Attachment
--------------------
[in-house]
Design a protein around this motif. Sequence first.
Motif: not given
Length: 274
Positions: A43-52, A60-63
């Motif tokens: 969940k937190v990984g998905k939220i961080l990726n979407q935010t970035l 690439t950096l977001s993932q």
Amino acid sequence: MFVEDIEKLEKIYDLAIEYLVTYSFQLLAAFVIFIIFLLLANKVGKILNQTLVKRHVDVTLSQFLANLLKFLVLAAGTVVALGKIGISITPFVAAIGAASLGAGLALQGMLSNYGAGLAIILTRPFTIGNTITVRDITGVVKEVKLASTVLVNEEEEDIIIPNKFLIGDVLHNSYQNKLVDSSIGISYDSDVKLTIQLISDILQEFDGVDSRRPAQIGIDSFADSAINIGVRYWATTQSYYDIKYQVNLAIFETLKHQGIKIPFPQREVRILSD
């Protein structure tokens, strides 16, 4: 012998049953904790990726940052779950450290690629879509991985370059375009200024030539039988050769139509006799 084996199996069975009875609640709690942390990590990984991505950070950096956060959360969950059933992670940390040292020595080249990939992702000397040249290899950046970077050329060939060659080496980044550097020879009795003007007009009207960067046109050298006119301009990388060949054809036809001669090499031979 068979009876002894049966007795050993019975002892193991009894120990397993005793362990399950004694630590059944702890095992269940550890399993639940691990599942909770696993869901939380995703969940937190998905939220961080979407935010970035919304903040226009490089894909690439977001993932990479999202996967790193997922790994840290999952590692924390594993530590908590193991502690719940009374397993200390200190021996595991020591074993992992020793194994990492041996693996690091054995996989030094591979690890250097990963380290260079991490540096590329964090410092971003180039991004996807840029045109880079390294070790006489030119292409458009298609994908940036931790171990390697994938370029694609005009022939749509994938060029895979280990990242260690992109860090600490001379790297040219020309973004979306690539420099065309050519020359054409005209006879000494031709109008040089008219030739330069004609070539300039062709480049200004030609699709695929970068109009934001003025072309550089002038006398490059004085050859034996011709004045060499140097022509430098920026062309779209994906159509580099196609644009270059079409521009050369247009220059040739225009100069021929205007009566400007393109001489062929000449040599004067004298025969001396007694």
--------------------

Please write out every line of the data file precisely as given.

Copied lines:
[in-house]
Design a protein around this motif. Sequence first.
Motif: not given
Length: 274
Positions: A43-52, A60-63
């Motif tokens: 969940k937190v990984g998905k939220i961080l990726n979407q935010t970035l 690439t950096l977001s993932q």
Amino acid sequence: MFVEDIEKLEKIYDLAIEYLVTYSFQLLAAFVIFIIFLLLANKVGKILNQTLVKRHVDVTLSQFLANLLKFLVLAAGTVVALGKIGISITPFVAAIGAASLGAGLALQGMLSNYGAGLAIILTRPFTIGNTITVRDITGVVKEVKLASTVLVNEEEEDIIIPNKFLIGDVLHNSYQNKLVDSSIGISYDSDVKLTIQLISDILQEFDGVDSRRPAQIGIDSFADSAINIGVRYWATTQSYYDIKYQVNLAIFETLKHQGIKIPFPQREVRILSD
């Protein structure tokens, strides 16, 4: 012998049953904790990726940052779950450290690629879509991985370059375009200024030539039988050769139509006799 084996199996069975009875609640709690942390990590990984991505950070950096956060959360969950059933992670940390040292020595080249990939992702000397040249290899950046970077050329060939060659080496980044550097020879009795003007007009009207960067046109050298006119301009990388060949054809036809001669090499031979 068979009876002894049966007795050993019975002892193991009894120990397993005793362990399950004694630590059944702890095992269940550890399993639940691990599942909770696993869901939380995703969940937190998905939220961080979407935010970035919304903040226009490089894909690439977001993932990479999202996967790193997922790994840290999952590692924390594993530590908590193991502690719940009374397993200390200190021996595991020591074993992992020793194994990492041996693996690091054995996989030094591979690890250097990963380290260079991490540096590329964090410092971003180039991004996807840029045109880079390294070790006489030119292409458009298609994908940036931790171990390697994938370029694609005009022939749509994938060029895979280990990242260690992109860090600490001379790297040219020309973004979306690539420099065309050519020359054409005209006879000494031709109008040089008219030739330069004609070539300039062709480049200004030609699709695929970068109009934001003025072309550089002038006398490059004085050859034996011709004045060499140097022509430098920026062309779209994906159509580099196609644009270059079409521009050369247009220059040739225009100069021929205007009566400007393109001489062929000449040599004067004298025969001396007694």